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Parkinson's & the Beneath the Layers Collection

Updated: Oct 24, 2022

I went to an abstract watercolor workshop a couple weekends ago over in Portland. It was taught by someone I highly respect and whose art I greatly admire. In fact, he has been the main influence on my art practice in watercolor over the past decade. I took my first ever watercolor class/workshop from him when my daughter was two, and his weekly classes in Seattle were my outlet when I decided to stop teaching 4th grade and stay home full time with her. (She's now 13). I hadn't seen him in person in several years and was excited to spend three days digging deep into the realm of abstract painting in a medium that is too often very traditional, uptight, and even boring (for me at least!). And I knew that this particular instructor would be able to help us get past our own self-imposed ideas of what watercolor "should" be. But when I showed up to the workshop that Friday morning, something was visibly different. He moved slowly across the room. Forming sentences was difficult. His hands shook. When the workshop officially started he announced, "I'm going to need your help today. Because I have Parkinson's." Oh my. Huge wave of emotion. So many thoughts crossed my mind at once...


What courage he has to keep teaching. To be that vulnerable. To tell the truth. But then there were obvious disappointments. I was carving out three whole days away from my family in order to be here. Did I have time to be this patient, when words would escape him and he'd stop mid-sentence, at a loss for what word he meant to say next? And yet - when he would have a streak of fluency - you could tell everything was still there. All the brilliancy, all the ideas, all the technique, all the passion. Still there. It just was buried beneath this terrible disease.


And so it got me thinking about my recent paintings that I had already decided to call "Beneath the Layers". I decided to name to collection simply because it helped to unify my approach: I literally made all the paintings using layers and layers of paint. But there are also recognizable metaphors in the title as well. In a recent newsletter I wrote this:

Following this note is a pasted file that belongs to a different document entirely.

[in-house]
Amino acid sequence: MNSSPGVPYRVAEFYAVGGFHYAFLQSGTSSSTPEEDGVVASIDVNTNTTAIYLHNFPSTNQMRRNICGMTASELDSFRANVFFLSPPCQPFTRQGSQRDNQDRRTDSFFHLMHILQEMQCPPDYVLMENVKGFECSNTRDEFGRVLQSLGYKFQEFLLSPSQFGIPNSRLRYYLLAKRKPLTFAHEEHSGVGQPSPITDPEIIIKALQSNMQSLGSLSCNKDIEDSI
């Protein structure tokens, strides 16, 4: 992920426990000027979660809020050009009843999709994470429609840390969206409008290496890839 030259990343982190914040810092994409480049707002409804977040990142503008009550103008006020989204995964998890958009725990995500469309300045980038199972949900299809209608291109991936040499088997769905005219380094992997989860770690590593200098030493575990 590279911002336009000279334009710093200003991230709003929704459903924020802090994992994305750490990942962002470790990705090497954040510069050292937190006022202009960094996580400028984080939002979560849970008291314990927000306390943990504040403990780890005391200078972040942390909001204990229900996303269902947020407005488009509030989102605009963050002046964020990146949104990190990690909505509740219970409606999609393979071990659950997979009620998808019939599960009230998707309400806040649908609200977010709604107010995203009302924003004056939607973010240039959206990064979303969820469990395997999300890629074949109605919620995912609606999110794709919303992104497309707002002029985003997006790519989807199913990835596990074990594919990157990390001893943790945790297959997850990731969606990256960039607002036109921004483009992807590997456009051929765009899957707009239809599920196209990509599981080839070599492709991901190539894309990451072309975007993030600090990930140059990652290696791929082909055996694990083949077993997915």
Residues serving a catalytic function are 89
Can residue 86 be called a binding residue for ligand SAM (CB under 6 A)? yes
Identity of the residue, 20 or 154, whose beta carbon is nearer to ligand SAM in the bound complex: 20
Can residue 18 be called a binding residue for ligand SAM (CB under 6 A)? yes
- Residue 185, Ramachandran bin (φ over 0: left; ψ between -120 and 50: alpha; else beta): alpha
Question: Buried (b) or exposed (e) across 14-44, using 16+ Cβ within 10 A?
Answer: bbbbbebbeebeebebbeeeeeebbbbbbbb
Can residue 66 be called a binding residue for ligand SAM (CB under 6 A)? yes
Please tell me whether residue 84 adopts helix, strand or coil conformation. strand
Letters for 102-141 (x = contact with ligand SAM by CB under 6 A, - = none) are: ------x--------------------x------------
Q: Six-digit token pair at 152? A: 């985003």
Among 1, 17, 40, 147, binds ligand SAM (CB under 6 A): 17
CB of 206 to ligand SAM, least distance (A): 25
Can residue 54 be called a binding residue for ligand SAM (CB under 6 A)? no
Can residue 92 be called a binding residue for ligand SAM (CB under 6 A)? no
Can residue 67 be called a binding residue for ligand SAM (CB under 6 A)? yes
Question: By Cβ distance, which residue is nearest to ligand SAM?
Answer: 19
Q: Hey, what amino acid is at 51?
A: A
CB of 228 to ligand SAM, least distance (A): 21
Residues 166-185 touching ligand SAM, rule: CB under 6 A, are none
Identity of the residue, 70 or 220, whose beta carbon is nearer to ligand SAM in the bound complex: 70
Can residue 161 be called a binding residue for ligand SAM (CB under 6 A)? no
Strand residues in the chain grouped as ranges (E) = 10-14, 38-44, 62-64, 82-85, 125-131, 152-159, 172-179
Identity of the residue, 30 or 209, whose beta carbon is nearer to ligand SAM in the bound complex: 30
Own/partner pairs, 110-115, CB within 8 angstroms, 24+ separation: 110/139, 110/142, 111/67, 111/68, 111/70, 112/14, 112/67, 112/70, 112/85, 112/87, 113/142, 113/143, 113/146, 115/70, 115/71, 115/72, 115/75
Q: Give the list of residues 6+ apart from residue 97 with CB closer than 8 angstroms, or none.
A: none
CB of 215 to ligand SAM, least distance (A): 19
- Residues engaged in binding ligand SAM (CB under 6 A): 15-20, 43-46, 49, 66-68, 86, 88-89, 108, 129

"Speaking of my art, in recent weeks I’ve made a bit of a shift in what I’m working on. I’ve always loved watercolor and will continue to work in this fluid, transparent, spontaneous medium. But recently I’ve been craving something different. I’ve wanted to work with a medium that can be built up, dug into, added to, subtracted from. Acrylic is perfect for this. I like the layers. And the surprises that come when you scrape back the 5th layer of paint that reveal little chunks of color that you put on the panel over a week ago. Or years ago for that matter. Some of the layers are beautiful with their colors and textures. Some end up quite ugly. But you keep working on it, adding and subtracting, scraping away and revealing, and a finished painting emerges at some point.


It’s a little like life in that way: we all have these layers of ourselves that are built up over the years. Growing years, painful ones, beautiful and fulfilling ones. But it all builds up to make us who we are. And hopefully we can ‘scrape away’ our false stories we think or tell about ourselves and become the truest, most authentic version of ourselves, which no matter what will be beautiful!"


So this new collection has that significance behind the work. But after the watercolor workshop, another level of meaning emerged: even as we age or battle a disease or a disability we still have so much to offer the world. The outside of us may look different, the way we express ourselves with language may look different, the way we move our bodies may be different, but underneath all that there is still so much beauty. We can be blessed and encouraged knowing that each day is a gift.


Obviously my art is not directly inspired by hurt or disease or aging, but the idea of what is beneath the surface of someone intrigues me. And it leaves much more to be explored, whether in my art practice or in my personal life. What layers need to emerge further? Where should I be more vulnerable? What layers maybe need some refining? Which ones need to soften? So I'm very excited to finally be putting all these paintings out into the world! They will be on my website starting Tuesday, October 25th. It's been a journey creating them, layer upon layer.




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